In most illegal tree removals, you might see perhaps a handful of trees removed or poisoned. That’s why the recent felling and poisoning of 265 old trees in Sydney’s Castle Cove has been so breathtaking and appalling.
This act – perpetrated by persons unknown – was not vandalism but theft of valuable community assets.
Future generations have been robbed of the benefits these trees – some of which were more than 80 years old – provided to our environment, the climate and as habitat for other plants and animals. It was theft on a grand scale.
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Tree loss will cost us as the climate changes
In contrast to Indigenous people, most Australians have undervalued large old trees for nearly two centuries. But many of the ecological and environmental benefits these trees provide increase as they age over decades and perhaps centuries. These benefits are crucial to urban liveability and sustainability.
A global movement is gaining momentum in urban forestry to preserve old trees for as long as we can to maximise the benefits they provide.
It is not about preservation at all cost, but a recognition that in a proper cost/benefit analysis, large old trees outperform younger trees. Unnecessary removal of large old trees is unsustainable both environmentally and economically.
This does not mean we should not replace dangerous trees or those that are rapidly declining.
It does mean, however, there should be no removal of large old trees without significant and demonstrably sound reasons.
Too many large, old, urban trees are being removed unnecessarily because other management options are not considered.
Whether via theft or bureaucratic-sanctioned tree removals, the general loss of old trees will cost us and our society dearly as the climate changes.
Old trees do things that young trees simply cannot
One of the significant benefits that trees provide over other vegetation types is that their leaf area is often more than double their canopy cover. This creates a great cooling effect via both shade and evapotranspiration (the movement of water into the atmosphere, some of which comes through leaves).
Large trees are unequalled in cooling the environment around them. Old trees simply do things on a scale that small young trees cannot.
This means a slow-growing old tree can take in and store more carbon than a quick-growing young seedling. Every gram of carbon stored in this way is carbon saved from going into the atmosphere as greenhouse gas emissions.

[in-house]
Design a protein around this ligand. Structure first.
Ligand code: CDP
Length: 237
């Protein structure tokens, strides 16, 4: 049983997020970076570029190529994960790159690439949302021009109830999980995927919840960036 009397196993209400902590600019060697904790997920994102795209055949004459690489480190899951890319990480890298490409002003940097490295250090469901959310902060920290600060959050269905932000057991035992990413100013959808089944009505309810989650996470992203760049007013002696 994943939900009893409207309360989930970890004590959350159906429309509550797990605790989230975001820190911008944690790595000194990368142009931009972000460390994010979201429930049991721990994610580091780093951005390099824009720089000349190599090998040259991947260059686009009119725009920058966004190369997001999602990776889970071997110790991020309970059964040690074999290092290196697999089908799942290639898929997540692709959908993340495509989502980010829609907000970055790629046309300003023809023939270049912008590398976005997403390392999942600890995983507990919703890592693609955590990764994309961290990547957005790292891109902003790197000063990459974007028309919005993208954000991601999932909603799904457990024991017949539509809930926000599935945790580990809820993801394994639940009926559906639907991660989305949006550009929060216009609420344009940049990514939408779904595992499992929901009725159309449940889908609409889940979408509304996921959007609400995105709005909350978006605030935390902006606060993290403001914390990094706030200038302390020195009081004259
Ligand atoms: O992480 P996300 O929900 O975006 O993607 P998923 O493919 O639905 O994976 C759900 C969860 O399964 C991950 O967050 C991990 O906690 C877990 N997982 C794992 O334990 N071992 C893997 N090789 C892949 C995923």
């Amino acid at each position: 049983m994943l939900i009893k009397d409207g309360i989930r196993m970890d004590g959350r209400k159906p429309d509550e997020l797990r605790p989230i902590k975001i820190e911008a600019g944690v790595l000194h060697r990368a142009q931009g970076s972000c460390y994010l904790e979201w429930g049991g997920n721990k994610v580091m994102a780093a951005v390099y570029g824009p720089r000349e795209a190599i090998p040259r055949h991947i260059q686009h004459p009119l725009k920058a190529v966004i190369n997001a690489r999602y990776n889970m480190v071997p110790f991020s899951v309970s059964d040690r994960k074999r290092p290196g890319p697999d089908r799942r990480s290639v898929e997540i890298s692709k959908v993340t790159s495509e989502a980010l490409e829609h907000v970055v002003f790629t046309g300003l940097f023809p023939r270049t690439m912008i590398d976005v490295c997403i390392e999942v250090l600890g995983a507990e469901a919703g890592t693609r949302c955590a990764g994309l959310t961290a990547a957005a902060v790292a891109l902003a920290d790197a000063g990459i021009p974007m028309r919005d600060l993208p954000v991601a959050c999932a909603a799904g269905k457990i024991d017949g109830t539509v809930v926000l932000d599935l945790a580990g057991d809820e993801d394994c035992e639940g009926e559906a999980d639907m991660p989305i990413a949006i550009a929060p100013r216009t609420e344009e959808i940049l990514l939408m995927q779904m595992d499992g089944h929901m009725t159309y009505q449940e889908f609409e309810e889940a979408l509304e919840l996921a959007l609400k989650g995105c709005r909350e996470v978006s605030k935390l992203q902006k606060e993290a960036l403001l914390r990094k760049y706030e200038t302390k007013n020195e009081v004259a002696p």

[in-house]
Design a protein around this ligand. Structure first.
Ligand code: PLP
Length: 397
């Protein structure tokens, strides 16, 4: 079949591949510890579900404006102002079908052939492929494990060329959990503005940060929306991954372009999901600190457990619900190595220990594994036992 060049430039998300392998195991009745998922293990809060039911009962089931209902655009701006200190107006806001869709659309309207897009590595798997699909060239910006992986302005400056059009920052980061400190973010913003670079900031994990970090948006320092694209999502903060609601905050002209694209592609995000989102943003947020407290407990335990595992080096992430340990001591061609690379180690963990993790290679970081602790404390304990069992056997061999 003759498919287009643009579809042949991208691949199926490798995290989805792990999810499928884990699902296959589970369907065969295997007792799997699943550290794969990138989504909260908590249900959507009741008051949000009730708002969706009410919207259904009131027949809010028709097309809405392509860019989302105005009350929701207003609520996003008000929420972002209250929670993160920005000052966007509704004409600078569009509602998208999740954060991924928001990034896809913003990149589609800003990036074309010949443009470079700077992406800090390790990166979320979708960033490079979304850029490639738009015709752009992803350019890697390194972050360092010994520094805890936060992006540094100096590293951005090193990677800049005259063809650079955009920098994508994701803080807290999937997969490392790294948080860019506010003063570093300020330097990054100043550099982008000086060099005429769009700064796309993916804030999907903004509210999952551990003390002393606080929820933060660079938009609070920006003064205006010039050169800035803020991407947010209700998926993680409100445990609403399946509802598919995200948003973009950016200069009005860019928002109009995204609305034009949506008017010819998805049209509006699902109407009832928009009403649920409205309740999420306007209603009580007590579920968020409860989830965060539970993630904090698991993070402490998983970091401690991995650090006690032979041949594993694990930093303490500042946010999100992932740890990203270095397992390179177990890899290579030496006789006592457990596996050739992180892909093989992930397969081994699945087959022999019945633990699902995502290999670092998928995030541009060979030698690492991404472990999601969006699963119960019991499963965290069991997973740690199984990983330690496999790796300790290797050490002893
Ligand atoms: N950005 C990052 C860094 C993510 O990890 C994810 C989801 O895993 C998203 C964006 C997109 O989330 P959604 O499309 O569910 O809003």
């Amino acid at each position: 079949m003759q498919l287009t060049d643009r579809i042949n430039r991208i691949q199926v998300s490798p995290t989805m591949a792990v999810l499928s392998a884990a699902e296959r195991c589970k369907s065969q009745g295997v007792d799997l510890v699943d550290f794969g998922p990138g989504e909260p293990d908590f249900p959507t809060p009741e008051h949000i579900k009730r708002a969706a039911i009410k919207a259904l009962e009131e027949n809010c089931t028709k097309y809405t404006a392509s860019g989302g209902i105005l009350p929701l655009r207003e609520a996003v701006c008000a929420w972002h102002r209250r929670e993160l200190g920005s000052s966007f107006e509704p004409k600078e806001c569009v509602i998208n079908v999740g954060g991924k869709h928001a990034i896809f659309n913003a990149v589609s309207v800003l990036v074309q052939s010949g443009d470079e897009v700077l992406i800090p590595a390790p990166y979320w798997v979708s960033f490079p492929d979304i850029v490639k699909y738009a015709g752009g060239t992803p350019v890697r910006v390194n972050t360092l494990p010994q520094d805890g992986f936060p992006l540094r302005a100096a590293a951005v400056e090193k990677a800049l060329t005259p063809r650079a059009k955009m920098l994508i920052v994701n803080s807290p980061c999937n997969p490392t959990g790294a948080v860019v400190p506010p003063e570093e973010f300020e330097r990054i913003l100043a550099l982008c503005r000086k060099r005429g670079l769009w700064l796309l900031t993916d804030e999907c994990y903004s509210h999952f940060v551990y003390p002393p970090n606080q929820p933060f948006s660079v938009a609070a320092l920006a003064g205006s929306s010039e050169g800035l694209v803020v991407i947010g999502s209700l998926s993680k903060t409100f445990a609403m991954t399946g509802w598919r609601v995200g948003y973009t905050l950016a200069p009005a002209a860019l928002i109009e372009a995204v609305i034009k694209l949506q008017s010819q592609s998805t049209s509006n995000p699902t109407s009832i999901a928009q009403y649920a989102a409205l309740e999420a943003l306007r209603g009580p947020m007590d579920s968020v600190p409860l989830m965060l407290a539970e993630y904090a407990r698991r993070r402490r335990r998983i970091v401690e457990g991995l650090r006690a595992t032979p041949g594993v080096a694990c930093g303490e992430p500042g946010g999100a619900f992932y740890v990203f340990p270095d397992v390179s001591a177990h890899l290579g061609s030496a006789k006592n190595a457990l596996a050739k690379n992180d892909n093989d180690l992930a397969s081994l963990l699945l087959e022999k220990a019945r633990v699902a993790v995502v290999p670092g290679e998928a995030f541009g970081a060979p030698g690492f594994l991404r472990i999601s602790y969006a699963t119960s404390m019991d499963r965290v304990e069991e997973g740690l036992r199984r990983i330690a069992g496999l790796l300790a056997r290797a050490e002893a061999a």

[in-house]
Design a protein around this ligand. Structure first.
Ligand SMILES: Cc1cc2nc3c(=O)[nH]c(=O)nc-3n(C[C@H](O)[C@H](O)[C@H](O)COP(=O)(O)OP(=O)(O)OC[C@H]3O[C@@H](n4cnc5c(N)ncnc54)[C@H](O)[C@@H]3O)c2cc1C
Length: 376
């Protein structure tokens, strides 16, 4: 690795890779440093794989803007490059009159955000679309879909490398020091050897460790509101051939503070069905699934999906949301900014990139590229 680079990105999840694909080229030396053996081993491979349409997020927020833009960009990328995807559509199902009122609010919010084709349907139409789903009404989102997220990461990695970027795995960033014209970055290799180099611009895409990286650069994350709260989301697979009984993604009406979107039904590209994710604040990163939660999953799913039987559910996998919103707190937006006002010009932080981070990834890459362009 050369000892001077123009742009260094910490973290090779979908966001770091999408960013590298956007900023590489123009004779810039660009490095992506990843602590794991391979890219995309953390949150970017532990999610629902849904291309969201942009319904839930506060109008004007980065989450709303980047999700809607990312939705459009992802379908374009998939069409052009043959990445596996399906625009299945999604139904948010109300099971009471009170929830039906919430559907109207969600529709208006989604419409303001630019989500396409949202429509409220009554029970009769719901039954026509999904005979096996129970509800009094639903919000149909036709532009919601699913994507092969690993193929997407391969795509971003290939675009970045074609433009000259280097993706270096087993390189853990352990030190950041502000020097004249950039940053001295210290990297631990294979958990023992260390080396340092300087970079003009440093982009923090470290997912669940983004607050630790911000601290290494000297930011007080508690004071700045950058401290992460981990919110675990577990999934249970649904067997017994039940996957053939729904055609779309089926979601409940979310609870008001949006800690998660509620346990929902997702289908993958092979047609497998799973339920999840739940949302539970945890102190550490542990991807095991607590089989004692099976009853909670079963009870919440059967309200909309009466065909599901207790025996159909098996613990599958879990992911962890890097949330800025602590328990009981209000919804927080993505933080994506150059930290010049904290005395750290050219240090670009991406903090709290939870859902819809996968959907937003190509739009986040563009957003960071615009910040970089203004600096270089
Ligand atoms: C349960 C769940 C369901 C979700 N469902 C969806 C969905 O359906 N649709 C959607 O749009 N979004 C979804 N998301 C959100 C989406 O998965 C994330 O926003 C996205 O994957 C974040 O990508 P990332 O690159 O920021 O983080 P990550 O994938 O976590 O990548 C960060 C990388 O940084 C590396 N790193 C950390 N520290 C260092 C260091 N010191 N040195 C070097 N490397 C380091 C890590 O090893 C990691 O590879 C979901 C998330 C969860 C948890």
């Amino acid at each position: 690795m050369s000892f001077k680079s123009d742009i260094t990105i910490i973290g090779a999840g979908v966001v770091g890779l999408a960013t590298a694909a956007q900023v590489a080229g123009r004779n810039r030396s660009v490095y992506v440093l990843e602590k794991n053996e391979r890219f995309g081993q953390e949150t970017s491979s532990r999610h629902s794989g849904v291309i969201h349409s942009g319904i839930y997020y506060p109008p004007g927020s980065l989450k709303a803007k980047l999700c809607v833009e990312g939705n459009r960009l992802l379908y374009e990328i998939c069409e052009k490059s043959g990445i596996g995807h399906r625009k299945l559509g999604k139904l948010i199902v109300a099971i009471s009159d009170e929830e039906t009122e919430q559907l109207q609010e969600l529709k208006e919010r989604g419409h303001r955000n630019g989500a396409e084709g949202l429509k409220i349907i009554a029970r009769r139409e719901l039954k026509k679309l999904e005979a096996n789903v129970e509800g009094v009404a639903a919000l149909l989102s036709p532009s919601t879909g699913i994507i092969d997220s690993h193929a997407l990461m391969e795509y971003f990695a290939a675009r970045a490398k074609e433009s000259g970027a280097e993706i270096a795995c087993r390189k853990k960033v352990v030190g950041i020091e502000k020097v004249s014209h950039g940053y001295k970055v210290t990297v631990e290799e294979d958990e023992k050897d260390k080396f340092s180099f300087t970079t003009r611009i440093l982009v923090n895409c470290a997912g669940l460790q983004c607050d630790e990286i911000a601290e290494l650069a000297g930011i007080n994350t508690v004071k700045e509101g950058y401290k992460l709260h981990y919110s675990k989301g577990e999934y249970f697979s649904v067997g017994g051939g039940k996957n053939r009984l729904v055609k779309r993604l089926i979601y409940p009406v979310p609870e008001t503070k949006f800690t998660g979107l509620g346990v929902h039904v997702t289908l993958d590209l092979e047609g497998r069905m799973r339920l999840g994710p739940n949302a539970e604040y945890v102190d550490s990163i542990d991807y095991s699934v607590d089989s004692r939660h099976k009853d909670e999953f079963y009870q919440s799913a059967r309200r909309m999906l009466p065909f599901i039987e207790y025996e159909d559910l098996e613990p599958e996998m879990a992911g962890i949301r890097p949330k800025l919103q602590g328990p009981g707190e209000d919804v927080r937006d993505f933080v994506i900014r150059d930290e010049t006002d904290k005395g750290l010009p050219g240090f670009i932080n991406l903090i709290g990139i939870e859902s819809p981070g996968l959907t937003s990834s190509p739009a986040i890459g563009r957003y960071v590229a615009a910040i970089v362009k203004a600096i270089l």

Both carbon stores and shade are crucial to mitigating future climate change.
All of this is lost when trees are illegally or unnecessarily removed. The impact is felt not just now but for decades into the future.
The loss of even a single tree comes at a huge price
The loss of so many trees in Sydney’s Castle Cove represents theft of environmental benefits and services from at least two, if not more, future generations of Australians. The trees lost were largely native coastal species that had decades (and in some cases more than a century) of growth before them.
We have known for many decades trees are often associated with between 30 and 50 other species – birds, mammals, reptiles, insects, fungi, algae and others. The removal of a tree affects most, if not all, of these other species. Some of these plants and animals will die as a result.
The number of associated species increases as the tree ages, and we have probably been underestimating species lost with large old tree removals in urban and natural forests.
Oaks in the UK, for example, are associated with over 2,300 other species. One can only wonder how many other species will be affected by the felling and poisoning of the trees at Castle Cove. The illegal loss of even a single tree comes at a huge price.
Simply planting new trees doesn’t fix the problem
We tend to undervalue the shade provided by trees when considering urban development, or even road works. But tree removals lead to more urban heat, which usually means higher electricity bills (as people crank up the air conditioner).
Large old trees are seen by some as an expendable nuisance. Some local council laws aim to protect trees of a certain size, but fines for illegal removals are small.
In some instances, a one-for-one tree replacement is offered. But to replace the carbon stored in one large, mature tree would require a vast number of seedlings, many of which fail to survive the first few years.
And it can take many years before planted trees reach carbon neutrality. The production, planting and maintenance processes all use resources, energy and fossil fuels, which means it can take decades before a tree is carbon positive.
This situation is unsustainable environmentally and ludicrous economically, but it seems to go largely unnoticed. We accrue all of the costs of these plantings and recoup precious little benefit.
It would be far more sensible and sustainable if we retained our large old trees, making every effort to maximise and prolong their life spans.
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